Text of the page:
Jennie Harland, Matthew Walker, Suzanne Straw, Oliver Quinlan
18 December 2015
This small-scale study, undertaken by NFER and NESTA, revealed both benefits and challenges of implementing a flipped learning approach to mathematics teaching. Flipped learning involves the use of digital technology, such as video, to provide direct instruction on new concepts outside of the classroom. Students come to lessons already having a preliminary understanding of the topic, freeing up class time for the teacher to focus on other beneficial learning activities.
Nine case-study schools across England and Scotland piloted a flipped learning approach for around 4-6 weeks during 2014-2015. Each case study visit involved lesson observations, teacher interviews, student focus groups and teacher and student questionnaires with both a class using flipped learning and a comparison class.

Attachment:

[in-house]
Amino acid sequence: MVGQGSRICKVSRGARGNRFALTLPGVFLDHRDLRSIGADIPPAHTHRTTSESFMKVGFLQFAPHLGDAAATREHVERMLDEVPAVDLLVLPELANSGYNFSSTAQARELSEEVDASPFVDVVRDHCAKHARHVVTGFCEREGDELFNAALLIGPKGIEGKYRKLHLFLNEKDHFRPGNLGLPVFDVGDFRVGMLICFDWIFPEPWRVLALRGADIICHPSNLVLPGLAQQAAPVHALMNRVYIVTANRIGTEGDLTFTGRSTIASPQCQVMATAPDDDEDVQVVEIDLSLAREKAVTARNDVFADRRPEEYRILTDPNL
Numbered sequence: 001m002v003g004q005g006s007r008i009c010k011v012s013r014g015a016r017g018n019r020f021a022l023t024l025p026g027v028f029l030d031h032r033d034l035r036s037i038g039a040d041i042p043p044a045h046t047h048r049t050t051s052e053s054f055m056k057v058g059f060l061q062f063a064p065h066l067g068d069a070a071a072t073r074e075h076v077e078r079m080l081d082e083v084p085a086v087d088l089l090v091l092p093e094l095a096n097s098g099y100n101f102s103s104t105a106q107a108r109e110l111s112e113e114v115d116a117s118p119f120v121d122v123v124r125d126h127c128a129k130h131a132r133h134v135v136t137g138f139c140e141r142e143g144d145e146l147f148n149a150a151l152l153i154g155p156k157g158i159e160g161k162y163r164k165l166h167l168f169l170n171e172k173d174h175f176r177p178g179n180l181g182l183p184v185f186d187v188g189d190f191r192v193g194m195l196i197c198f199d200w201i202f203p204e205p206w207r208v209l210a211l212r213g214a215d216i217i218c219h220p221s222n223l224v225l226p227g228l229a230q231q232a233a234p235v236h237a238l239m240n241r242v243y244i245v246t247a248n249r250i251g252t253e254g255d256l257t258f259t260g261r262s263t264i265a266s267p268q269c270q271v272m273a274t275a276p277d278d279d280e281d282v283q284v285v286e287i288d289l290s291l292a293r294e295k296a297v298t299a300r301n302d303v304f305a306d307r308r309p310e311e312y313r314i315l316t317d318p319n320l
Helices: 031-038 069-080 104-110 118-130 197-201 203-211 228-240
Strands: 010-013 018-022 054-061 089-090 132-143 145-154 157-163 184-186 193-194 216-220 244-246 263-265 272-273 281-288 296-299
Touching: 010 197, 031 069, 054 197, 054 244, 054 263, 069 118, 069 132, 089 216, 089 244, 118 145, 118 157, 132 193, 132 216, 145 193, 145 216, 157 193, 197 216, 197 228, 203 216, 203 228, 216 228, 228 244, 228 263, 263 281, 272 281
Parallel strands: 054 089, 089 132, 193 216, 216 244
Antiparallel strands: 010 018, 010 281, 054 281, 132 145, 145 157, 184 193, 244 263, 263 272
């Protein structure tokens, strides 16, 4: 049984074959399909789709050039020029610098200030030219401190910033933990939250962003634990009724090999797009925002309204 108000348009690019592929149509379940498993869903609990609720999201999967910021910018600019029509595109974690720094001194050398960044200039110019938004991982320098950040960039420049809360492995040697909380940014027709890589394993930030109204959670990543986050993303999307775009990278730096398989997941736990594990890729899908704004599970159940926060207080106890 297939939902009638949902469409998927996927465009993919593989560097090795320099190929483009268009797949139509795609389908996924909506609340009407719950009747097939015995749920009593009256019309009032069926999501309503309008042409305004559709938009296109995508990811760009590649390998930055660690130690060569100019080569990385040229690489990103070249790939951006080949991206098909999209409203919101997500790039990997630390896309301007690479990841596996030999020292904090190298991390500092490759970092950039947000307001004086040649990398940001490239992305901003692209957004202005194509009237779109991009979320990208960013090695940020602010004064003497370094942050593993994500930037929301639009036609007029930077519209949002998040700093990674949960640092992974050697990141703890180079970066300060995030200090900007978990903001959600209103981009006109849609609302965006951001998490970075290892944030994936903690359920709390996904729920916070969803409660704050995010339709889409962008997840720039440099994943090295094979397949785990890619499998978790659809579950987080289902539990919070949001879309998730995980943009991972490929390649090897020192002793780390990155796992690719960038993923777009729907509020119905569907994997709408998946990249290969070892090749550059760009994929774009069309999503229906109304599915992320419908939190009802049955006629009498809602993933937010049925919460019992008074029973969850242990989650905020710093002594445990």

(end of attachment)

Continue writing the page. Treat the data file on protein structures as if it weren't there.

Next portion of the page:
Detailed and specific guides to implementing flipped learning accompany the research report.
- Where flipped learning was reported to work effectively, there was more time in class for active learning activities, such as: practising and applying mathematical knowledge; individualised coaching support provided by the teacher; collaborative learning; and whole-class discussion
- Flipped learning encouraged students to take responsibility for their learning, to learn at their own pace, to deepen their knowledge and understanding and to make faster progress than would otherwise have been the case
- Enabling factors and challenges included access to technology, homework culture, appropriateness of online resources to the age and ability level of students and teachers’ openness to the approach and capacity to implement it
- Most teachers in the study intended to continue using flipped learning, or aspects of it, as part of a varied repertoire of teaching strategies and to develop its potential further.